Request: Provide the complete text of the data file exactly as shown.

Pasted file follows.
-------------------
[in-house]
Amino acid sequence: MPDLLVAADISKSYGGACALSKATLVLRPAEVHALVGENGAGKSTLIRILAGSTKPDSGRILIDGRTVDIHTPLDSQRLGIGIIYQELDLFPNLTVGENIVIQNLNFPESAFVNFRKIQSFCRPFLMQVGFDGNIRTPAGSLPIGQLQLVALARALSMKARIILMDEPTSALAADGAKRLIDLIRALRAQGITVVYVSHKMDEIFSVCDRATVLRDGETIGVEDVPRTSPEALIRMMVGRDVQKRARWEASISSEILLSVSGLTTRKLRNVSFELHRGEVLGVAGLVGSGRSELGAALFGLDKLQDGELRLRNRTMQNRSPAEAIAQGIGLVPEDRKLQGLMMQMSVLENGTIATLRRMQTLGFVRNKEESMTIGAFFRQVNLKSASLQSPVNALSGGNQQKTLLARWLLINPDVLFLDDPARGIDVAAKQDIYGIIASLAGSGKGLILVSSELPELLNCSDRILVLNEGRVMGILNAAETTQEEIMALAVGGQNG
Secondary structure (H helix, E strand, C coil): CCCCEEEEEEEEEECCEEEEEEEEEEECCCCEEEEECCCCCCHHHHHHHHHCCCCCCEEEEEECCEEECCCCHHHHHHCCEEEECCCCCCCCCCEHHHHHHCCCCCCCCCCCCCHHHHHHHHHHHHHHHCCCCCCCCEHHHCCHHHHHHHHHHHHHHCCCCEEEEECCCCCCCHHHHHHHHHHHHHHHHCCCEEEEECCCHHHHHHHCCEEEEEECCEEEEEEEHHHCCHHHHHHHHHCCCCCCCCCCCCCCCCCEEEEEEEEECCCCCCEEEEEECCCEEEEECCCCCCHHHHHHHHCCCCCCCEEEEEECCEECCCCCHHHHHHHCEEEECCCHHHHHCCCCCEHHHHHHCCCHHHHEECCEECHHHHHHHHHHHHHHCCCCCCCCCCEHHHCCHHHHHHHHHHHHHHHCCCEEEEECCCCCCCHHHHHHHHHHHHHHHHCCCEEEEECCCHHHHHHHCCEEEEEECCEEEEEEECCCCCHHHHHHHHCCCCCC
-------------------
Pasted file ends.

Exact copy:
[in-house]
Amino acid sequence: MPDLLVAADISKSYGGACALSKATLVLRPAEVHALVGENGAGKSTLIRILAGSTKPDSGRILIDGRTVDIHTPLDSQRLGIGIIYQELDLFPNLTVGENIVIQNLNFPESAFVNFRKIQSFCRPFLMQVGFDGNIRTPAGSLPIGQLQLVALARALSMKARIILMDEPTSALAADGAKRLIDLIRALRAQGITVVYVSHKMDEIFSVCDRATVLRDGETIGVEDVPRTSPEALIRMMVGRDVQKRARWEASISSEILLSVSGLTTRKLRNVSFELHRGEVLGVAGLVGSGRSELGAALFGLDKLQDGELRLRNRTMQNRSPAEAIAQGIGLVPEDRKLQGLMMQMSVLENGTIATLRRMQTLGFVRNKEESMTIGAFFRQVNLKSASLQSPVNALSGGNQQKTLLARWLLINPDVLFLDDPARGIDVAAKQDIYGIIASLAGSGKGLILVSSELPELLNCSDRILVLNEGRVMGILNAAETTQEEIMALAVGGQNG
Secondary structure (H helix, E strand, C coil): CCCCEEEEEEEEEECCEEEEEEEEEEECCCCEEEEECCCCCCHHHHHHHHHCCCCCCEEEEEECCEEECCCCHHHHHHCCEEEECCCCCCCCCCEHHHHHHCCCCCCCCCCCCCHHHHHHHHHHHHHHHCCCCCCCCEHHHCCHHHHHHHHHHHHHHCCCCEEEEECCCCCCCHHHHHHHHHHHHHHHHCCCEEEEECCCHHHHHHHCCEEEEEECCEEEEEEEHHHCCHHHHHHHHHCCCCCCCCCCCCCCCCCEEEEEEEEECCCCCCEEEEEECCCEEEEECCCCCCHHHHHHHHCCCCCCCEEEEEECCEECCCCCHHHHHHHCEEEECCCHHHHHCCCCCEHHHHHHCCCHHHHEECCEECHHHHHHHHHHHHHHCCCCCCCCCCEHHHCCHHHHHHHHHHHHHHHCCCEEEEECCCCCCCHHHHHHHHHHHHHHHHCCCEEEEECCCHHHHHHHCCEEEEEECCEEEEEEECCCCCHHHHHHHHCCCCCC